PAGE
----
The risks associated with the Internet are advertised every day by the trade and mainstream media. Whether it’s someone accessing your credit card numbers, prying into your legal troubles, or erasing your files, there’s a new scare every month about the (supposedly) private information someone can find out about you on the Internet. (Not to mention the perceived risk that you might happen upon some information that you find offensive, or that you might not want your children to see.)
For corporations, the risks are even more real and apparent. Stolen or deleted corporate data can adversely affect people’s livelihoods, and cost the company money. If a small company is robbed of its project files or customer database, it could put them out of business.
Since the Internet is a public network, you always risk having someone access any system you connect to it. It used to be that a system intruder would have to dial into your network to crack a system. This meant that they would have to find a phone number connected to a modem bank that would give them access, and risk the possibility of the line being traced. But if your corporate network is connected over the Internet and your security is lax, the system cracker might be able to access your network using any standard dial-up account from any ISP in the world. Even unsophisticated users can obtain and use automated “security check” tools to seek out holes in a company’s network. What’s worse is that, chances are, you’ll never know that it’s happening.
Before we put our private data out on the Internet, we’d better make sure a VPN is robust enough to protect it.
The first things that come to mind when you think of protection are the files on your networked computers: documents that contain your company’s future plans, spreadsheets that detail the financial analysis of a new product introduction, databases of your payroll and tax records, or even a security assessment of your network pointing out holes and problematic machinery. These files are a good starting point, but don’t forget about the other, less tangible assets that you connect to the Internet when you go online. These include the services that you grant your employees and customers, the computing resources that are available for use, and even your reputation. For instance, a security failure can cause your vendors’ email to bounce back to them, or prevent your users from making connections to other sites.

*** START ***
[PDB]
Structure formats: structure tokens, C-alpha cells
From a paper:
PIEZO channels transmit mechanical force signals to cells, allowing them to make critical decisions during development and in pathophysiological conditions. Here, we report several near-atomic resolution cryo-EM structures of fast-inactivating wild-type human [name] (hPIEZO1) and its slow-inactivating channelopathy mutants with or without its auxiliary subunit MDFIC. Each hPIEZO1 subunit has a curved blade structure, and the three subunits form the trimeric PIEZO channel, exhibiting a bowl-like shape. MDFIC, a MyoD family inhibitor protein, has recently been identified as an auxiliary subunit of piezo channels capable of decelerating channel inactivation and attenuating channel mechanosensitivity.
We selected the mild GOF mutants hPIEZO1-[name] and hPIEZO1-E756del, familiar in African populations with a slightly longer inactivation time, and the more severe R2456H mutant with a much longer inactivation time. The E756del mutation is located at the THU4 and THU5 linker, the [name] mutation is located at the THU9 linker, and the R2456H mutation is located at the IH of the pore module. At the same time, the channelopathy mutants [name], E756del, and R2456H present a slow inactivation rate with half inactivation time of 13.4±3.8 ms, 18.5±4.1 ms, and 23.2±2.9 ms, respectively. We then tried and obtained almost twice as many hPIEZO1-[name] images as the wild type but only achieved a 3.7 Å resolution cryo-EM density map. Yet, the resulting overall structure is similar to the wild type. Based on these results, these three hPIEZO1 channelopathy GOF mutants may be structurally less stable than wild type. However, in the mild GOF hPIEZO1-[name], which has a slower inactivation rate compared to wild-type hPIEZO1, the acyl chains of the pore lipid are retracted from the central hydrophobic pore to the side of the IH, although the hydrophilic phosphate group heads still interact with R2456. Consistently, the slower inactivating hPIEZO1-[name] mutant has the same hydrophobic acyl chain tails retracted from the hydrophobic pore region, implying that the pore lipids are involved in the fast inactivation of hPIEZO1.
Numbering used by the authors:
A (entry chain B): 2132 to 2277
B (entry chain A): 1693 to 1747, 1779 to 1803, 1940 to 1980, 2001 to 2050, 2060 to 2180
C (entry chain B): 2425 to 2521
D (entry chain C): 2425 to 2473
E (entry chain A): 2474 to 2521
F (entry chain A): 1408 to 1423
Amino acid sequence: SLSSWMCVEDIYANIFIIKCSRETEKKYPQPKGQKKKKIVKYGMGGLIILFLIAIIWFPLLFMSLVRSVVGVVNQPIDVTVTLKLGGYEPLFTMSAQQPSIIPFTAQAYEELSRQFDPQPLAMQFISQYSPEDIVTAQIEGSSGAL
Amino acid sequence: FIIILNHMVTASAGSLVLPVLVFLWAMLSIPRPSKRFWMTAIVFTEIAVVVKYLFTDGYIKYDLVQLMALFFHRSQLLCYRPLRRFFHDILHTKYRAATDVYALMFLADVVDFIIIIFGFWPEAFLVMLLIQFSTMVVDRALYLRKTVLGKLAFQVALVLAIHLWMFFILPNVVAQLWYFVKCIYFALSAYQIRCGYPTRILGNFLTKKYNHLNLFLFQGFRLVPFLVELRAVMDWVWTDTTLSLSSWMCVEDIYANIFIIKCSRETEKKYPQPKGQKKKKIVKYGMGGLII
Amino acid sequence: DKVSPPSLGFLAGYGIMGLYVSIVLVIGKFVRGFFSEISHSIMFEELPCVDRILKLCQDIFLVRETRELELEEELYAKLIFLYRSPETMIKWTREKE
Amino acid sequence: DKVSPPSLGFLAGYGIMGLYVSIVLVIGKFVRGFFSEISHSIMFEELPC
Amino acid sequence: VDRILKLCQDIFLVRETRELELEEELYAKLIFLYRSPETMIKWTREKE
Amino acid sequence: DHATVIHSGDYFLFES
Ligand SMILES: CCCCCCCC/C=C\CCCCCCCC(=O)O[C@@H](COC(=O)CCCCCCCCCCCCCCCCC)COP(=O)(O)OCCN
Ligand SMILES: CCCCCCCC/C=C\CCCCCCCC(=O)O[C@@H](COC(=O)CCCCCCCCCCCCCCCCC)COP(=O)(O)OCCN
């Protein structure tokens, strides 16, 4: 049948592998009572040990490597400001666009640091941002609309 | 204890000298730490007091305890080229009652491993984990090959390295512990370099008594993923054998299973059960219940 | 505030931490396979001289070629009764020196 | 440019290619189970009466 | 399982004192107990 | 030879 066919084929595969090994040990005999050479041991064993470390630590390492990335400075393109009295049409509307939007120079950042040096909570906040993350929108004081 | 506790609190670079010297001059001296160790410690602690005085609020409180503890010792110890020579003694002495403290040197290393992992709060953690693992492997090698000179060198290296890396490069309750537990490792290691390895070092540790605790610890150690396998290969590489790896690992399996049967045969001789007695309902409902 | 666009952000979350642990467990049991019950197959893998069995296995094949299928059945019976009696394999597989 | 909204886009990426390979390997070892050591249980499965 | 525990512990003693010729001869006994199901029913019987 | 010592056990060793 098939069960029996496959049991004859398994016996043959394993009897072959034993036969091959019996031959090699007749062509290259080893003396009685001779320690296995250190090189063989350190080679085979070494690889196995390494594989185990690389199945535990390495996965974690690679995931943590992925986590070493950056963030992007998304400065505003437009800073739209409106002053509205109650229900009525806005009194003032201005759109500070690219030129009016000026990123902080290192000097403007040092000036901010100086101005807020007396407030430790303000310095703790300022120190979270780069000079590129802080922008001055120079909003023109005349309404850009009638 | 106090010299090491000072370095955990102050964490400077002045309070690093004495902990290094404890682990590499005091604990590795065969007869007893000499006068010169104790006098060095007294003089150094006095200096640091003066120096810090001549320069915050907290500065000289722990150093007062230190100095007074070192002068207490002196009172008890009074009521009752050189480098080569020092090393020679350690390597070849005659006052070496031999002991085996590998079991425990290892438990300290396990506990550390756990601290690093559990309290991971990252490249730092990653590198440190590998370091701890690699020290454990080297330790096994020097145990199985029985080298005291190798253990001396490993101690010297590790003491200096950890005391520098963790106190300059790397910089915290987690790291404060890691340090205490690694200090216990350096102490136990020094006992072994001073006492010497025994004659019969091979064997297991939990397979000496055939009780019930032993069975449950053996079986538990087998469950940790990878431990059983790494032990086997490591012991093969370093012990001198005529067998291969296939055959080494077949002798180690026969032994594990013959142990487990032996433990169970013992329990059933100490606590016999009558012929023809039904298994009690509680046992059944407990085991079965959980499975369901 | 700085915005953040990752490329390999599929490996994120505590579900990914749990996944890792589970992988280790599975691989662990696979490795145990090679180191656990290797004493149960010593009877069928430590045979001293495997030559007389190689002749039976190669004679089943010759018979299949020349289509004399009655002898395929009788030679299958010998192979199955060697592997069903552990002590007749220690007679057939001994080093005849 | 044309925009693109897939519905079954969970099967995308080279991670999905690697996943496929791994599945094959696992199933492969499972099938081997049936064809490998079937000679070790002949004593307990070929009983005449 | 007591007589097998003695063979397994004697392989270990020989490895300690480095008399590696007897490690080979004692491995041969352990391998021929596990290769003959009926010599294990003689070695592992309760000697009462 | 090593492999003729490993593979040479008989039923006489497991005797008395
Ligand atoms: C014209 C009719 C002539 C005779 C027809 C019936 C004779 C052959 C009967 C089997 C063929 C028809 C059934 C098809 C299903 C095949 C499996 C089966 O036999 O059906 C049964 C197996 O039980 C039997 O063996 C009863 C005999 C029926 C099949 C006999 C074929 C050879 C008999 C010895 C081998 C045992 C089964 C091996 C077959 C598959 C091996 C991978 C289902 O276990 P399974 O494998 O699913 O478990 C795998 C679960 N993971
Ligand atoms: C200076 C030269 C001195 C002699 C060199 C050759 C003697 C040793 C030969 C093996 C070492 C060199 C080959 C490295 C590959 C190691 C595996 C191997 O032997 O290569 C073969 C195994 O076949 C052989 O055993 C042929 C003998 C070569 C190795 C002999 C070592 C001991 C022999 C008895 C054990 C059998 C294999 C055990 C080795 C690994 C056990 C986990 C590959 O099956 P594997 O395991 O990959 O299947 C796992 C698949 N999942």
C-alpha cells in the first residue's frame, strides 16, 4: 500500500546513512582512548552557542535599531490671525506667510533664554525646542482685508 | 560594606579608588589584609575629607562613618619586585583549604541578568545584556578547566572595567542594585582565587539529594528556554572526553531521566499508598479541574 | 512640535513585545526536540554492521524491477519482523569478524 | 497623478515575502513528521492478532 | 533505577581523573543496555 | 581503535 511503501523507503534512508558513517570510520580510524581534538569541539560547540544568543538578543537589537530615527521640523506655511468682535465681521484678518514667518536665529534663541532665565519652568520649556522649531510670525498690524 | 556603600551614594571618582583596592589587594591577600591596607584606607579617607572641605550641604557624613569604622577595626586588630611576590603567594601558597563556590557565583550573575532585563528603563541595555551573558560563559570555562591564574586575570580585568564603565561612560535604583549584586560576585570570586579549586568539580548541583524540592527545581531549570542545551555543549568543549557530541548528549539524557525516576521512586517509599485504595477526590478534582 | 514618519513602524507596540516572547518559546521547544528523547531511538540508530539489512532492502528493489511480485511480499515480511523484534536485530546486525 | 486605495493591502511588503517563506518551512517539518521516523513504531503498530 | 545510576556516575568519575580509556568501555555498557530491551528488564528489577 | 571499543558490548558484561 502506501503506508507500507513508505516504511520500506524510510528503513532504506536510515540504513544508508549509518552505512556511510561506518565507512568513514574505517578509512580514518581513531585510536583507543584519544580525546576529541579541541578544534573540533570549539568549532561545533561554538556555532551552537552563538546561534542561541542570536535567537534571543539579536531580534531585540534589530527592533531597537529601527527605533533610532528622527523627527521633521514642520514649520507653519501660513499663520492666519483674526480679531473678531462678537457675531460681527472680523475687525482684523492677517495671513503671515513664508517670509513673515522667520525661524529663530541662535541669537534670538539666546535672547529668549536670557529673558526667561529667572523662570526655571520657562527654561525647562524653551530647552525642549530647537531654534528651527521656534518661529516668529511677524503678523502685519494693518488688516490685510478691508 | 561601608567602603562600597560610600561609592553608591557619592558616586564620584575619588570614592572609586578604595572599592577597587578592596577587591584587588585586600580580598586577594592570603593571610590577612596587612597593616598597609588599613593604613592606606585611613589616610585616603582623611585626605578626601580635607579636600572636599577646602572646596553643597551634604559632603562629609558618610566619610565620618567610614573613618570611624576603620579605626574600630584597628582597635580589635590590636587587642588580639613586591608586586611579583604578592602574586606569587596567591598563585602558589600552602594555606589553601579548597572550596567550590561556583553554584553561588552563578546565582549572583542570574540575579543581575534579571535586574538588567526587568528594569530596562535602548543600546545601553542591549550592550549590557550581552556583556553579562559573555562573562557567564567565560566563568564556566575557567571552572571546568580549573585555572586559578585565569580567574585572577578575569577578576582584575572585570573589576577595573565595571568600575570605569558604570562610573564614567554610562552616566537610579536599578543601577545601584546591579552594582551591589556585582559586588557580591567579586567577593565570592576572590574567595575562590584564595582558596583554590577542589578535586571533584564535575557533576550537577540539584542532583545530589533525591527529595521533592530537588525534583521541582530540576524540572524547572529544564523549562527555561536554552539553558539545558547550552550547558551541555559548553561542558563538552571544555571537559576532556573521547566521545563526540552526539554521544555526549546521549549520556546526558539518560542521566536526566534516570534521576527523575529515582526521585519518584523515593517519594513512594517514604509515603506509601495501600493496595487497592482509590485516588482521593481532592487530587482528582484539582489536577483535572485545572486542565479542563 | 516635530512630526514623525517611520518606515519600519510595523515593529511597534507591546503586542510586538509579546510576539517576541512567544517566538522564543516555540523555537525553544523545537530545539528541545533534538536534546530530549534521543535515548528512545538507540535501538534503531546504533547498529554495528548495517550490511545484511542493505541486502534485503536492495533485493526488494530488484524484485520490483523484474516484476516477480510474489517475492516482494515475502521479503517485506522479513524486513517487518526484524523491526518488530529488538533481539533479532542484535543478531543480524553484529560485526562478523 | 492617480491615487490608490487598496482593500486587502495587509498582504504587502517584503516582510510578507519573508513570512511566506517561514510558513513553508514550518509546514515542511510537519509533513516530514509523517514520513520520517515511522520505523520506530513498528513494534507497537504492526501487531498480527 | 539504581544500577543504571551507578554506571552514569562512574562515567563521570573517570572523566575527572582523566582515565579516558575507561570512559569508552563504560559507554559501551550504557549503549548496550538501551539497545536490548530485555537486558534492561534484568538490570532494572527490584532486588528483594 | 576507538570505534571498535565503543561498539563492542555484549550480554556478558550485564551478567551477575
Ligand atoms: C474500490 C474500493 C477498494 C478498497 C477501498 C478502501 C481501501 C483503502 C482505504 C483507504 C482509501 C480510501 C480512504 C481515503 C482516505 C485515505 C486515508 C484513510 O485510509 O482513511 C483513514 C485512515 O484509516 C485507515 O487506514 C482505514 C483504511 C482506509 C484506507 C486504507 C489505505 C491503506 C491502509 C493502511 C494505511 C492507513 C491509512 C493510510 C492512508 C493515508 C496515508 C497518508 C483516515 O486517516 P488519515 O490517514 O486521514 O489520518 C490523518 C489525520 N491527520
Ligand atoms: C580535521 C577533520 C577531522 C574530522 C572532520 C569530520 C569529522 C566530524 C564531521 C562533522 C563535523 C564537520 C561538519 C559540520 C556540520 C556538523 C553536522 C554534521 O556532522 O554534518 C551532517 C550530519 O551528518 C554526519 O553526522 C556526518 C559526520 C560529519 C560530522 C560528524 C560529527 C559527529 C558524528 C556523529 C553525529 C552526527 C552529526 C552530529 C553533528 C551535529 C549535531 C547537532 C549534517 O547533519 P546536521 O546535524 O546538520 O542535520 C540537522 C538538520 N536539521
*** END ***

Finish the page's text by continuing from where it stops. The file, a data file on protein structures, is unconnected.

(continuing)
The easiest thing would be to isolate, tabulate, and lock down your private data. Well over half the data you manage and distribute might call for some sort of security. Just think, even something as innocuous as customer records and addresses could be used against you in a negative advertising campaign; this might hurt you far worse than a negative campaign aimed at a random slice of the population.
Unfortunately, in the client-server world of telecommuters, field sales agents, and home offices, it’s not so easy to keep all private data locked down in a single, protected area. The chief financial officer of a company may need to access financial information on the road, or a programmer working from home may need to access source code. VPNs help alleviate some of the worry of transmitting secure files outside of your network. In Chapter 2, we will examine possible threats to your network and data, and explore the technologies that VPNs use to avoid them.